1. Bea W*

            I’m working or otherwise have to be “on” 6 days a week. A Saturday party means I have to free up Sunday obligations and errands, and that’s really quite hard to achieve. I often work more than 40 hours a week, and some weeknights have other obligations. When I have more flexibility with my weekend time over the summer, it’s a lot easier to switch it up. December is a killer. Everyone and their mom likes to schedule up weekends for holiday stuff. Something has to give. I think last year I had 3 invitations on Dec 14 alone. Never mind trying to find a quiet day, until you can clone yourself, 2 of those invitations will have to be turned down.

    4. Nyxalinth*

      I’m an introvert, and I do find these things fun, actually, but I do them on my own terms. If I’m able, (which means whatever I want it to mean, but usually comes down to can I get there and back under my own steam since I take public transportation and how far away is it and so on) I go, make the rounds, eat some food, do the gift exchange if there is one, eat and mingle a little more, then leave after an hour or so. This works for me, and I realize it might not work for others. I don’t usually feel drained until about two hours have gone by, but trust me when I say I’d rather be at home playing a game online or reading, instead.

      The issue about being able to get somewhere and back is because I’d rather not inconvenience anyone and because I learned the hard way once that people flake out sometimes.

    5. nwgal*

      Thank you, Jesus! Your Righteous Comments have taught us all that 1) there is no cause too petty to suffer for. Not even office Christmas parties– which one poll I came across showed that the majority of people don’t even want to go to; and 2) any suffering short of your Bleeding On The Cross isn’t really suffering anyway, so we can Just Get Over It; and 3) Perfection is available to us all if we just want it badly enough. Willpower can overcome any shortcoming or personality quirk. As it clearly has for you. I mean, if you weren’t perfect, using your Patented Willpower Conquers All method, then lecturing the rest of us would be mere hypocrisy, wouldn’t it? But you’re Jesus! So, we can be sure that you have taken your own advice to achieve your perfection! Yay! Of course, some of us who have tried our best and still have fallen short may have to settle for sitting back and worshipping your Righteous Awesomeness.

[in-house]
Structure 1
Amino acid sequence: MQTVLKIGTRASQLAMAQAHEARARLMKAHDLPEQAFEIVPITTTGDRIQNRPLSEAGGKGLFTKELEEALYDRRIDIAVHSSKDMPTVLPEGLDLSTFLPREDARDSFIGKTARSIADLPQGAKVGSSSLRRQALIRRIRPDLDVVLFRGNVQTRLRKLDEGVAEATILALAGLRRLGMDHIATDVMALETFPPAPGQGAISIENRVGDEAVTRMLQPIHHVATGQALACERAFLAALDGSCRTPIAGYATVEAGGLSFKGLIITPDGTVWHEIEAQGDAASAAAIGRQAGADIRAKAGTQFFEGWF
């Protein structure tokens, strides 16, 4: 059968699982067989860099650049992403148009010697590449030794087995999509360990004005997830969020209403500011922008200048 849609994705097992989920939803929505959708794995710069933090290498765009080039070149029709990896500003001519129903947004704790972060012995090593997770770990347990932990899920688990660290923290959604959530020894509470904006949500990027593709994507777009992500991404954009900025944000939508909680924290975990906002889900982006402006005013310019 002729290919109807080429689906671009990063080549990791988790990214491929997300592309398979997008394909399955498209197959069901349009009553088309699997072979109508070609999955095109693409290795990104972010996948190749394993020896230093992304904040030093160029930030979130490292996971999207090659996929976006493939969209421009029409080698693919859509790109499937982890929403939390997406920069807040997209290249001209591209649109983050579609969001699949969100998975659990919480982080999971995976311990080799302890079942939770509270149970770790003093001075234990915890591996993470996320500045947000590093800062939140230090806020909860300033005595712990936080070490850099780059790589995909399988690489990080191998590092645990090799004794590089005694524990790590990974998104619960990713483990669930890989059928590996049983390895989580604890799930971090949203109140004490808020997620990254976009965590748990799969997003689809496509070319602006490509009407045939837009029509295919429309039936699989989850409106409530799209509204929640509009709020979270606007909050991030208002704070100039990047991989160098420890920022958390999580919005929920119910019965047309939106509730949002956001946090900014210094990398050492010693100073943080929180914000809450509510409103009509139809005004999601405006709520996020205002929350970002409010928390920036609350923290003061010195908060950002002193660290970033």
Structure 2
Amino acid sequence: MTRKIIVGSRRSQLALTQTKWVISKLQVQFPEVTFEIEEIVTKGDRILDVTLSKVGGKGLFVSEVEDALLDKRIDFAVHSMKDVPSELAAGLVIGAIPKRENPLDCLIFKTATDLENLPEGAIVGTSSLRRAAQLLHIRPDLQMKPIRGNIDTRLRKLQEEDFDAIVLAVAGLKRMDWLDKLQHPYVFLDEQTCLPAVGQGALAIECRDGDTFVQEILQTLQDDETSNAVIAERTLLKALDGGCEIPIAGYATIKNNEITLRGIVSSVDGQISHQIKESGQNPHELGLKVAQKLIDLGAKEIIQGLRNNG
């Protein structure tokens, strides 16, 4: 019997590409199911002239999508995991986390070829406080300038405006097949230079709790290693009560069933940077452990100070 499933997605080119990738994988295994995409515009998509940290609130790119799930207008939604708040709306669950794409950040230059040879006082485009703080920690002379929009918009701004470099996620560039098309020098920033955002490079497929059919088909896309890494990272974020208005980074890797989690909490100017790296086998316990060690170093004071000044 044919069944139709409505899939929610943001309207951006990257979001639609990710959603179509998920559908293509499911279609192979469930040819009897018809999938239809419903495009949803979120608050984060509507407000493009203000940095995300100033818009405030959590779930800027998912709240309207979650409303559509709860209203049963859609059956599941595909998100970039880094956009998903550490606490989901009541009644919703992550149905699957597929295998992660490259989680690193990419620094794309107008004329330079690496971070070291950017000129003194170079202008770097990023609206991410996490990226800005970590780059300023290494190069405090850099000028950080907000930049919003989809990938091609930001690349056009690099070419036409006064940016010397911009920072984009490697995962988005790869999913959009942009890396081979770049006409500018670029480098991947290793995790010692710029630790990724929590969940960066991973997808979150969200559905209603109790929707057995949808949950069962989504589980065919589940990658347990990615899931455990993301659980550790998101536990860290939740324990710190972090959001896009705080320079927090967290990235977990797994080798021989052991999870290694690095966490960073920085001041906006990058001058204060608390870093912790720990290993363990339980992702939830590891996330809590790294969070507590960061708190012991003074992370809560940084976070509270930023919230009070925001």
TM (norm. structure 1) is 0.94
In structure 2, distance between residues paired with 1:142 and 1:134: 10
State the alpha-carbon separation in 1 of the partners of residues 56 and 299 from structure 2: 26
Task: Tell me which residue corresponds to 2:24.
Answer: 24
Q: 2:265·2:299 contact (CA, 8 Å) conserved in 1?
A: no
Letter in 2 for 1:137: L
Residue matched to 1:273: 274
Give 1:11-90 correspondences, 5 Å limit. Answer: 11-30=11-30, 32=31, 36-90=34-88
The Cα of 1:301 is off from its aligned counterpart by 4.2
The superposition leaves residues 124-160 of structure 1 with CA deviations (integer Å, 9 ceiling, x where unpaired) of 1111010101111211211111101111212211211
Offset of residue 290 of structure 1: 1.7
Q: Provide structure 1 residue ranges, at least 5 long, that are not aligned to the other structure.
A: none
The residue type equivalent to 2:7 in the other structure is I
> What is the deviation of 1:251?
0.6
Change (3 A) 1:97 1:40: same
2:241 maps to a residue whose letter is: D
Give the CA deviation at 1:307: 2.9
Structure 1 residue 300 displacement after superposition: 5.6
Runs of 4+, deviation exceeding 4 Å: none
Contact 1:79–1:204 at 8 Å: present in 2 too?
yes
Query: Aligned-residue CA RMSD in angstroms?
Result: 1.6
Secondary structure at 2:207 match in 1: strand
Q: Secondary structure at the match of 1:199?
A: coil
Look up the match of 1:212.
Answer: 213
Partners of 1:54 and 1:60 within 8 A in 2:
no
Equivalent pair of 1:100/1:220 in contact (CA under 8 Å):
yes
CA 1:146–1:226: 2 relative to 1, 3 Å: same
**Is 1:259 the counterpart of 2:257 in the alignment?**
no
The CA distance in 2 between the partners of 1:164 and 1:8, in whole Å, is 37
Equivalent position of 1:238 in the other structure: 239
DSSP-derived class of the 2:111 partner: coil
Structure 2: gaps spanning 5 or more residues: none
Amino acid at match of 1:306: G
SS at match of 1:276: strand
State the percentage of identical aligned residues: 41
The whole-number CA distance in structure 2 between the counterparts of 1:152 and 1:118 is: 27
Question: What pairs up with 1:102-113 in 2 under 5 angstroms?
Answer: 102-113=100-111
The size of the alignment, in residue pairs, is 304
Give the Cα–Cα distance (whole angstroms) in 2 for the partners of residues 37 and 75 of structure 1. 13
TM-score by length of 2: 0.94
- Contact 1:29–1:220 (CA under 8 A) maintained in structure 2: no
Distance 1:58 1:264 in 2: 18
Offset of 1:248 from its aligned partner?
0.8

7. LizNYC*

    OP, I feel you. I really do. Nothing sounds better to me on a Friday night than being in sweats, curled up on the sofa with a good book or TV.

    But you have to go. If the party is from 5-10, say to yourself you’ll stay half the time. Or if there’s a natural break (like dinner is served or the dessert tray is wheeled out), then you can leave. But if you don’t go, you won’t be seen as a “team player” and all that jazz. For some offices, this party stuff is uber-important.

    Also, as a new person, this is your chance to talk to people you wouldn’t normally and make some connections. Even if you do just talk about the weather and upcoming (or past) holiday plans the entire evening. After this party, more people will be inclined to think of you, say hi, and the like.

    TL;DR: Go. Set a “go home” time for yourself. The worst that happens is it’s a few hours of your life spent next to a punch bowl and so-so snacks.

    1. BadPlanning*

      I agree with inwardly setting a time to leave. Agree with yourself that you’ll only need to spend X amount of time (enough to make a decent appearance). Say if it’s a 3 hour party, you will stay for 1 hour. You’ll arrive, take off your coat, have some munchies, use the restroom, chat about the weather. Boom! It’s an hour and you can go. “Oh gee, look at the time, I have to jet. I’ll see you guys on Monday!”

      I often dread going to a party and then have a great time when I get there. If I tell myself it’s okay to leave early, then I feel better about it.

      1. Bea W*

        Absolutely, sometimes you can manage to take the pressure off yourself by setting clear boundaries like this in your head before hand. You can plan to stay for an hour, but if after an hour if you feel like staying you can always stay too.

        That’s my secret to surviving the obligatory Christmas rounds with family. Now I no longer get worked up about it because I have given myself permission for an out and made those plans for myself.

    2. Lynn Whitehat*

      Yes. Unfortunately your co-workers have sent you clear signals that not attending will be seen as seriously uncool. Show up, talk to as many people as you can before your energy gives out, and slip out as soon as you can.